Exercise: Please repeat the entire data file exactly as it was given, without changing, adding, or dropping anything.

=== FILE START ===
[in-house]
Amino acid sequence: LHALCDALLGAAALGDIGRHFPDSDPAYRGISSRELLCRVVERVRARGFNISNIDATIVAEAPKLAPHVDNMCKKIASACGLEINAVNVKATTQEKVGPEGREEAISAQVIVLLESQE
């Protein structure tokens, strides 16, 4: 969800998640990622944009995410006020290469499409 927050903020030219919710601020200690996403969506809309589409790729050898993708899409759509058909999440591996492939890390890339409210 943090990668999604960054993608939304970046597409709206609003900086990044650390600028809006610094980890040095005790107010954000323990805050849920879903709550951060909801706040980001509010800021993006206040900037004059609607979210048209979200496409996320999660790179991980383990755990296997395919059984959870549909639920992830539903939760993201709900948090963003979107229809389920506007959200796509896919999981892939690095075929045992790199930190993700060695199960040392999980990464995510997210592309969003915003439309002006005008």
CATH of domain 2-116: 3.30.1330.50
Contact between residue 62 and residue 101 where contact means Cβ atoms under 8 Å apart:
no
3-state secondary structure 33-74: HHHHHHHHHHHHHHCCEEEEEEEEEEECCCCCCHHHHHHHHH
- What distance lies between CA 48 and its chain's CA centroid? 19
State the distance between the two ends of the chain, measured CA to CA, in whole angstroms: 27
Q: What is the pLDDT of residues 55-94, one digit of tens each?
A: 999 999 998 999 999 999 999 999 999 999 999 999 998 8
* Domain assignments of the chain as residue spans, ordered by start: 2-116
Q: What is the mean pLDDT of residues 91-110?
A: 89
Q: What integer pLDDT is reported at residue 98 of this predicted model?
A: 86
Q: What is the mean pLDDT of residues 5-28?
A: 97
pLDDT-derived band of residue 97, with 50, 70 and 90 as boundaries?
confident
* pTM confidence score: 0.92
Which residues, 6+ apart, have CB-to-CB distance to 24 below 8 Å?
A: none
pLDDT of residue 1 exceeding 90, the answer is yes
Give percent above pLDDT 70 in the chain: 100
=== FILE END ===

[in-house]
Amino acid sequence: LHALCDALLGAAALGDIGRHFPDSDPAYRGISSRELLCRVVERVRARGFNISNIDATIVAEAPKLAPHVDNMCKKIASACGLEINAVNVKATTQEKVGPEGREEAISAQVIVLLESQE
């Protein structure tokens, strides 16, 4: 969800998640990622944009995410006020290469499409 927050903020030219919710601020200690996403969506809309589409790729050898993708899409759509058909999440591996492939890390890339409210 943090990668999604960054993608939304970046597409709206609003900086990044650390600028809006610094980890040095005790107010954000323990805050849920879903709550951060909801706040980001509010800021993006206040900037004059609607979210048209979200496409996320999660790179991980383990755990296997395919059984959870549909639920992830539903939760993201709900948090963003979107229809389920506007959200796509896919999981892939690095075929045992790199930190993700060695199960040392999980990464995510997210592309969003915003439309002006005008």
CATH of domain 2-116: 3.30.1330.50
Contact between residue 62 and residue 101 where contact means Cβ atoms under 8 Å apart:
no
3-state secondary structure 33-74: HHHHHHHHHHHHHHCCEEEEEEEEEEECCCCCCHHHHHHHHH
- What distance lies between CA 48 and its chain's CA centroid? 19
State the distance between the two ends of the chain, measured CA to CA, in whole angstroms: 27
Q: What is the pLDDT of residues 55-94, one digit of tens each?
A: 999 999 998 999 999 999 999 999 999 999 999 999 998 8
* Domain assignments of the chain as residue spans, ordered by start: 2-116
Q: What is the mean pLDDT of residues 91-110?
A: 89
Q: What integer pLDDT is reported at residue 98 of this predicted model?
A: 86
Q: What is the mean pLDDT of residues 5-28?
A: 97
pLDDT-derived band of residue 97, with 50, 70 and 90 as boundaries?
confident
* pTM confidence score: 0.92
Which residues, 6+ apart, have CB-to-CB distance to 24 below 8 Å?
A: none
pLDDT of residue 1 exceeding 90, the answer is yes
Give percent above pLDDT 70 in the chain: 100